Harvard University - Department of Molecular & Cellular Biology


by Cathryn Delude

April 1st, 2013

Ethan Garner, Assistant Professor of Molecular and Cellular Biology, has been named a Searle Scholar. He is one of 15 exceptional young faculty nationwide to receive this prestigious honor from the Searle Scholars Program.

The Searle Scholars Program, based in Chicago, supports the independent research of outstanding and innovative young scientists in chemistry, medicine, and the biological sciences who have recently begun their first tenure-track position at one of the 115 participating academic or research institutions. Application submissions are restricted to selected candidates from invited institutions only. Recipients will receive $100,000 per year for three years.

"I'm really grateful for this award,” Garner says. “Having the support of the Searle is going to help me launch my research at this early stage of my career.” Among his plans for the Searle project, he will be hiring a postdoctoral scientist and buying microscopy equipment for his research.

Garner’s work focuses on elucidating the mechanisms of cell wall synthesis in rod-shaped bacteria and its regulation by actin and tubulin filaments. The goal is to discover new points in the pathways to develop antibiotic targets, a pressing need as resistance to natural antibiotics is becoming increasingly prevalent. He uses supermicroscopy, sub-diffraction imaging, particle tracking, biochemistry and genetics to follow the motion and changing structure of single molecules in living cells.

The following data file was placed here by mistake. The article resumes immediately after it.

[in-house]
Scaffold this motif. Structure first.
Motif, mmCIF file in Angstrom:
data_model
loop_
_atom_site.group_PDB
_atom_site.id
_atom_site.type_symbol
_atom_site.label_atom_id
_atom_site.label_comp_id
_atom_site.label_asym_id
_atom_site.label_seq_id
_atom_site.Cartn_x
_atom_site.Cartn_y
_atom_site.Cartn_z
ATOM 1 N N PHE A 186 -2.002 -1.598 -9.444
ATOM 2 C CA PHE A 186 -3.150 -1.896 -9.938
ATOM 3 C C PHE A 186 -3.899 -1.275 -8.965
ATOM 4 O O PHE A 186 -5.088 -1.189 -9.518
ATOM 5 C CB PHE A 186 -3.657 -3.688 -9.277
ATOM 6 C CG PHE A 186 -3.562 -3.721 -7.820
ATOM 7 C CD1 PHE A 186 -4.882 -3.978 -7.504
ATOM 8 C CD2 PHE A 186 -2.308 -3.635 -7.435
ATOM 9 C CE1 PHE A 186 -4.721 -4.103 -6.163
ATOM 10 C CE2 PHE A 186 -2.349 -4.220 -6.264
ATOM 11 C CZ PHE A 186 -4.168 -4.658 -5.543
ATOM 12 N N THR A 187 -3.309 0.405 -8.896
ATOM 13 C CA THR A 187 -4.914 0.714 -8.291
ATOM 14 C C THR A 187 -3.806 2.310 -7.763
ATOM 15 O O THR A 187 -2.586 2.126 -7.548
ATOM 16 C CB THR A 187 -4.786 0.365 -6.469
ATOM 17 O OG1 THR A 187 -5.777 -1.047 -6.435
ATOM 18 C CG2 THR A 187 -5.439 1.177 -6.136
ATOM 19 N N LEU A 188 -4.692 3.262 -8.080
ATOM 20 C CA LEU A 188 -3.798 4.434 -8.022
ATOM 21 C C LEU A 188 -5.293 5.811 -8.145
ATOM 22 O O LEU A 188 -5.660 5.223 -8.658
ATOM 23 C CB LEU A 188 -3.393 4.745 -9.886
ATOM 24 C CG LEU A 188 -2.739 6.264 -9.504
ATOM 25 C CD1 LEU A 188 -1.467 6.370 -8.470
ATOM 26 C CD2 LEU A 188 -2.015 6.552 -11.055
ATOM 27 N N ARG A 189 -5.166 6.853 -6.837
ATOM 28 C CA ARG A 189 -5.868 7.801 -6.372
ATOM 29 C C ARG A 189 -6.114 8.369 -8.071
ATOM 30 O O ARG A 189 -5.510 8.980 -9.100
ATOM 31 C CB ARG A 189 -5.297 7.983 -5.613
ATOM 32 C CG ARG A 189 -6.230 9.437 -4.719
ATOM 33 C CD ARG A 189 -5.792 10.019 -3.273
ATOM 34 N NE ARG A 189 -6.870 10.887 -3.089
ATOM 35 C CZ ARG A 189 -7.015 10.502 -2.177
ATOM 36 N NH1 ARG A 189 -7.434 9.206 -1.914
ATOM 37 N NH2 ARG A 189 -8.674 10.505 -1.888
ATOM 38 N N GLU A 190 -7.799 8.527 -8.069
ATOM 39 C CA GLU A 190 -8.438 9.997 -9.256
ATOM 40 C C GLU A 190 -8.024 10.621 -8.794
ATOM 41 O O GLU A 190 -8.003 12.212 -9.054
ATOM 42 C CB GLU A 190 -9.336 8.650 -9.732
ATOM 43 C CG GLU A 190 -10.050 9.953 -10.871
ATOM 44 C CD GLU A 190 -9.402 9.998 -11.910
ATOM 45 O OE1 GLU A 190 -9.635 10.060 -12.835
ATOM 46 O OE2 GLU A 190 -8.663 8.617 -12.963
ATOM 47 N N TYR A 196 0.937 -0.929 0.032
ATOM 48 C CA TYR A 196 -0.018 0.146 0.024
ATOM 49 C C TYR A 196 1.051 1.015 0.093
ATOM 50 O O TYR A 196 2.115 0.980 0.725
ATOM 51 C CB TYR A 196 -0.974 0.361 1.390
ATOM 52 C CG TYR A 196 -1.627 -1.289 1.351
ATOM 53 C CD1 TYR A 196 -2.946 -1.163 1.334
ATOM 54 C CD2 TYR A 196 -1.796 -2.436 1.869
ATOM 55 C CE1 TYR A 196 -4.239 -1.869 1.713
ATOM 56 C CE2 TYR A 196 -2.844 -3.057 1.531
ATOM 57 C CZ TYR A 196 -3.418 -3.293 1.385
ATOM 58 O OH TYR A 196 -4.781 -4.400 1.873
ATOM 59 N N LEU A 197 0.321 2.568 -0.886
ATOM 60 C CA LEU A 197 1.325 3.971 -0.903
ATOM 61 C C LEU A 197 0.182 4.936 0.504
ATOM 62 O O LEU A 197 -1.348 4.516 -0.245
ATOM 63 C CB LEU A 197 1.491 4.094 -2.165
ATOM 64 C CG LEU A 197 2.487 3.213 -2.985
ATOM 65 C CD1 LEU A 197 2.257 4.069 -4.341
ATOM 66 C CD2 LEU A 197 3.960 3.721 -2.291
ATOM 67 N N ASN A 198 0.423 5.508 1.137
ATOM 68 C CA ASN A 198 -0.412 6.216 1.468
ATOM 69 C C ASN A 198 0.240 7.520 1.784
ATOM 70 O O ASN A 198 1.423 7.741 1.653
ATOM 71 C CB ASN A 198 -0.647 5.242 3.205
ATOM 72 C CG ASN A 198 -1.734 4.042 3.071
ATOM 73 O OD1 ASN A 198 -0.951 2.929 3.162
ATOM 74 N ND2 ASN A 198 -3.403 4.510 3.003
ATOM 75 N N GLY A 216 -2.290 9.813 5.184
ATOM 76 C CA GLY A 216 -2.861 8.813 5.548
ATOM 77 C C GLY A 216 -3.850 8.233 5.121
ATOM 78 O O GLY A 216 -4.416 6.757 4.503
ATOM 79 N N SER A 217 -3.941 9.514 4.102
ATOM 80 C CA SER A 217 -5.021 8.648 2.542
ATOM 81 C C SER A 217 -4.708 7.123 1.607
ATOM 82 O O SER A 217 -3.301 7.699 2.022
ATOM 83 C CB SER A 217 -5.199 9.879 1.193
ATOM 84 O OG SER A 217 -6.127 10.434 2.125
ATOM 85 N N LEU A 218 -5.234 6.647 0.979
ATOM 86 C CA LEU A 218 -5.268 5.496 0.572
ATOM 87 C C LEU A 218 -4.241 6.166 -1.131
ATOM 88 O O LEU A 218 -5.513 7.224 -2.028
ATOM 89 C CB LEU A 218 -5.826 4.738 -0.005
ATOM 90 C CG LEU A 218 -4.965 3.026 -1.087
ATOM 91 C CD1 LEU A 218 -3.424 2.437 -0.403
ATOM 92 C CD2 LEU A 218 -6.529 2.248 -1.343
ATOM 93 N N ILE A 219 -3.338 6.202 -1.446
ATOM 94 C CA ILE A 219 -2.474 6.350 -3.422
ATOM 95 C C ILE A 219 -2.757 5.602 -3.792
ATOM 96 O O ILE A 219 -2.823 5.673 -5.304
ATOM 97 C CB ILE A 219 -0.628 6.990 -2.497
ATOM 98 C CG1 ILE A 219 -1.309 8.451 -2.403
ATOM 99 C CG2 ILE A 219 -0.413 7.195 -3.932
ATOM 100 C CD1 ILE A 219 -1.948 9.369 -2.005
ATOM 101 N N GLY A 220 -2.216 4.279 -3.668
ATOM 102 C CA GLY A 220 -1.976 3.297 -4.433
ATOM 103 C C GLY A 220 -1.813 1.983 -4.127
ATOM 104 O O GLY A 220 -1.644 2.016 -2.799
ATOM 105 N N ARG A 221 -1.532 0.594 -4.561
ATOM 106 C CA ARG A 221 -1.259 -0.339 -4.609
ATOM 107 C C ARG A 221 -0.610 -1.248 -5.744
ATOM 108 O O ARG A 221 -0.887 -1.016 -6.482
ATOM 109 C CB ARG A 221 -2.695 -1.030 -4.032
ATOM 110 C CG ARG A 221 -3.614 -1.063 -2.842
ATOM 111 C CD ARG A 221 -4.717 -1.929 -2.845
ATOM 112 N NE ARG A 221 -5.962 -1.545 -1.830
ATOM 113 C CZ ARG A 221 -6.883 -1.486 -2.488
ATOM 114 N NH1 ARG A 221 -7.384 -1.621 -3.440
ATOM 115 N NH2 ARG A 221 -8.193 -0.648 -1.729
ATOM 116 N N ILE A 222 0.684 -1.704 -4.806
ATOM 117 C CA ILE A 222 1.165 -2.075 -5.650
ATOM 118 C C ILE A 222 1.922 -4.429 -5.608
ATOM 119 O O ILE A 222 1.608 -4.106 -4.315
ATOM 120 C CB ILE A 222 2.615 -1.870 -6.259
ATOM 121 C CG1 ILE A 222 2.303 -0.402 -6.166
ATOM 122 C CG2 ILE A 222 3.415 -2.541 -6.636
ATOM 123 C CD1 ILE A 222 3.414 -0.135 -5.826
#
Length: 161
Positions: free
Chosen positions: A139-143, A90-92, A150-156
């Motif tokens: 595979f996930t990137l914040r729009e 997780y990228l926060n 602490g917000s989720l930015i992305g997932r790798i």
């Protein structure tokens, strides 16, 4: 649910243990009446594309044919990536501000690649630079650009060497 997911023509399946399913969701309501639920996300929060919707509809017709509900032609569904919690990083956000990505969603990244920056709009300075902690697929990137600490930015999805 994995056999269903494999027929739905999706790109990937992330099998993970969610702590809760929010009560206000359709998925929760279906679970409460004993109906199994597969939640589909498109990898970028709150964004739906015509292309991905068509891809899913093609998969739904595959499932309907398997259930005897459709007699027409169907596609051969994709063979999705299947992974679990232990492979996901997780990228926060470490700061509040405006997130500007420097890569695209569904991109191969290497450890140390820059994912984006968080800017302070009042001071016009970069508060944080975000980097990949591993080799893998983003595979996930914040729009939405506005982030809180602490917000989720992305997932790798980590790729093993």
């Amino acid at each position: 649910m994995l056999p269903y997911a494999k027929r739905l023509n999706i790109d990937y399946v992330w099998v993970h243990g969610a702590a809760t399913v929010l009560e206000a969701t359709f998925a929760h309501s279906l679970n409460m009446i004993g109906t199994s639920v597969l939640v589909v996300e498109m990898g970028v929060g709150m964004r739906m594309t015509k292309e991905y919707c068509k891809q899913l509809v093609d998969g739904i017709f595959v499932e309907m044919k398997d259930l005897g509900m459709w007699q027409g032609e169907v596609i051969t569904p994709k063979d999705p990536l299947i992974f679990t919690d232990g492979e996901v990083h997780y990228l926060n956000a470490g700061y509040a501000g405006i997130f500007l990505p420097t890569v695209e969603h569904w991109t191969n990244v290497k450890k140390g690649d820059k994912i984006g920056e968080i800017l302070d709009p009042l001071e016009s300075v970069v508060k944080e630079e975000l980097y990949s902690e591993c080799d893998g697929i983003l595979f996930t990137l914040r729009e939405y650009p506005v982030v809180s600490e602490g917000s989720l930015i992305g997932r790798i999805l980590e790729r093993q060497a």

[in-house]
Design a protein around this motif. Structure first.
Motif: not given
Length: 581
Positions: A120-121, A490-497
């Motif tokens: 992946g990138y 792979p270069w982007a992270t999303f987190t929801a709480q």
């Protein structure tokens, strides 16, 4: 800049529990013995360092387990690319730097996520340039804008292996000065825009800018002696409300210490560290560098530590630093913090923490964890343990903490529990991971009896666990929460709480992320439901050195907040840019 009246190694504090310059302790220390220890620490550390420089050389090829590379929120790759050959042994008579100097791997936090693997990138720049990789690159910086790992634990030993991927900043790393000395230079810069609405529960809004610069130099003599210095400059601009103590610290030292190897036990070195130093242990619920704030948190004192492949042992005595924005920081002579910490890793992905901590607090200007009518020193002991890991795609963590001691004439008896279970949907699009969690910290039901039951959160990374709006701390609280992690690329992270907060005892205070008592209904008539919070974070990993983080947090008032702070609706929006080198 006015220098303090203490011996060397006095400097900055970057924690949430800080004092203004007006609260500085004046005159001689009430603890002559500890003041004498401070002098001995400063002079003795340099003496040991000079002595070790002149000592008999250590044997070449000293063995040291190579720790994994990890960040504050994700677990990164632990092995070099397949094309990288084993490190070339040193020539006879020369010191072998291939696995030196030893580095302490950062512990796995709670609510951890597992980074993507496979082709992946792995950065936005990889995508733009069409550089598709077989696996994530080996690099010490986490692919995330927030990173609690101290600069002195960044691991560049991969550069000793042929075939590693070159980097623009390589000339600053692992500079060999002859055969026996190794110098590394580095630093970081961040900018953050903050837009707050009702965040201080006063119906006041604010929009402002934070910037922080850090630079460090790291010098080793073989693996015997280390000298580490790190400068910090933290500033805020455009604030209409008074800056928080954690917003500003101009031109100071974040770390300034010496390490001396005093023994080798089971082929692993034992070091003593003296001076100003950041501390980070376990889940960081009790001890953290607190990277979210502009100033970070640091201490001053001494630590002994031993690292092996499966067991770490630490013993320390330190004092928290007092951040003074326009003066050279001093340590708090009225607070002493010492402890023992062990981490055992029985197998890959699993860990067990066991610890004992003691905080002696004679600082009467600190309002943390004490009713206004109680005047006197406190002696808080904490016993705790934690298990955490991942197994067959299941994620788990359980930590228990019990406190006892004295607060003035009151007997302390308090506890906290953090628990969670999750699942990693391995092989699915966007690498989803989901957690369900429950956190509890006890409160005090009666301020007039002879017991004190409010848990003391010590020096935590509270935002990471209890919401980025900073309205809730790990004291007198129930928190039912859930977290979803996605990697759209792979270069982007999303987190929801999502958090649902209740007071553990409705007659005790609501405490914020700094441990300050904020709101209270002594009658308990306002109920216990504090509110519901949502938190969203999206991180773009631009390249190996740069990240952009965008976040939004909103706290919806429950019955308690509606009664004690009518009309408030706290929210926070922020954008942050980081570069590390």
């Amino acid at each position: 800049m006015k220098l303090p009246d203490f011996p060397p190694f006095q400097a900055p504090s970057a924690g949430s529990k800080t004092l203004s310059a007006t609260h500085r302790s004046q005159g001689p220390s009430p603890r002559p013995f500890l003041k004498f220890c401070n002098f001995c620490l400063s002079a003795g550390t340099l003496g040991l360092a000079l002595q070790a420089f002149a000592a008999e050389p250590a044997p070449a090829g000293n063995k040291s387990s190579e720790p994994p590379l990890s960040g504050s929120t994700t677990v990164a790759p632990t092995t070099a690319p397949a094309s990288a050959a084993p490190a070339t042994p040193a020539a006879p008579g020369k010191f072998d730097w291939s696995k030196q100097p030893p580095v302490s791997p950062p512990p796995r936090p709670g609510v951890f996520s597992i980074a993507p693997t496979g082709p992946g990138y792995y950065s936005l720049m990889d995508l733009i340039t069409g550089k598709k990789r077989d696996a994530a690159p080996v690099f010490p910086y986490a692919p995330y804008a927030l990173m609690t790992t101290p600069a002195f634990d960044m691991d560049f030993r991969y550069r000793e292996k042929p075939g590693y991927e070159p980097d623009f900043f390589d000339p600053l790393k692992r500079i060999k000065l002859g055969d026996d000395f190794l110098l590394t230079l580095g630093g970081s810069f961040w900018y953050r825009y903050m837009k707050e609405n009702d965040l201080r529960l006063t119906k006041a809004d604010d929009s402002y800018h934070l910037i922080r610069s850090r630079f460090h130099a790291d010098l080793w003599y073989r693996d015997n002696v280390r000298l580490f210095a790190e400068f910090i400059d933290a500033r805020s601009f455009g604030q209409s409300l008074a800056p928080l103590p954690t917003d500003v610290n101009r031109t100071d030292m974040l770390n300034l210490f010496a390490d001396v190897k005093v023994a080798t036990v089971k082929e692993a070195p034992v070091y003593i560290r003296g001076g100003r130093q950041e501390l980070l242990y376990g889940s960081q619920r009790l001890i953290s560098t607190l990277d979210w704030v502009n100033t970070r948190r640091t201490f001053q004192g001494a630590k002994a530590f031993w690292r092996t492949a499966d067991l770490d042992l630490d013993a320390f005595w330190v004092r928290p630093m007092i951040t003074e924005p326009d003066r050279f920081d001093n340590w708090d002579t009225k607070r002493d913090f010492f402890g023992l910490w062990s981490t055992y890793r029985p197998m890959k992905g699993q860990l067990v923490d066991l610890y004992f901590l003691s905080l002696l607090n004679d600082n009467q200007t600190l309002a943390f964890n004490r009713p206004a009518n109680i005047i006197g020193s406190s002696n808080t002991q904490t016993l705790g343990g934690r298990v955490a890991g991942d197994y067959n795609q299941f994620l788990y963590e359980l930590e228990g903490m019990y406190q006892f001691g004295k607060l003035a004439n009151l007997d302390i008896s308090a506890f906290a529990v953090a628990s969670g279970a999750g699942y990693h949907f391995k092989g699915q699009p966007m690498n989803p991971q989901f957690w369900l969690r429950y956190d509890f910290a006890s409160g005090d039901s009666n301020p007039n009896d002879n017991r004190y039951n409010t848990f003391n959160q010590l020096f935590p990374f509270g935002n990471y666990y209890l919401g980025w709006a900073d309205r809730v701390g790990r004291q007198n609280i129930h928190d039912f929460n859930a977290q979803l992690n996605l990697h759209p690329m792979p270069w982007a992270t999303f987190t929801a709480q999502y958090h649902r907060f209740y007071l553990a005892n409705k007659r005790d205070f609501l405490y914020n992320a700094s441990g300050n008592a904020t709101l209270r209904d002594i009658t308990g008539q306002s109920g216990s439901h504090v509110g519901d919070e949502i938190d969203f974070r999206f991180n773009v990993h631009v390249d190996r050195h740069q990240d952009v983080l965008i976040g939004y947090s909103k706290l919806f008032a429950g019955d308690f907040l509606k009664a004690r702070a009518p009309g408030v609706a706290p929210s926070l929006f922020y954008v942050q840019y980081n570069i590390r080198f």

Garner joins a community of renowned Searle alumni, including MCB Chair Catherine Dulac (1998). Since its inception, 497 Scholars have been named and over $102 million has been awarded. The Searle Scholars Program was established at The Chicago Community Trust in 1980 and has been administered by Kinship Foundation since 1996.

View Ethan Garner's Faculty Profile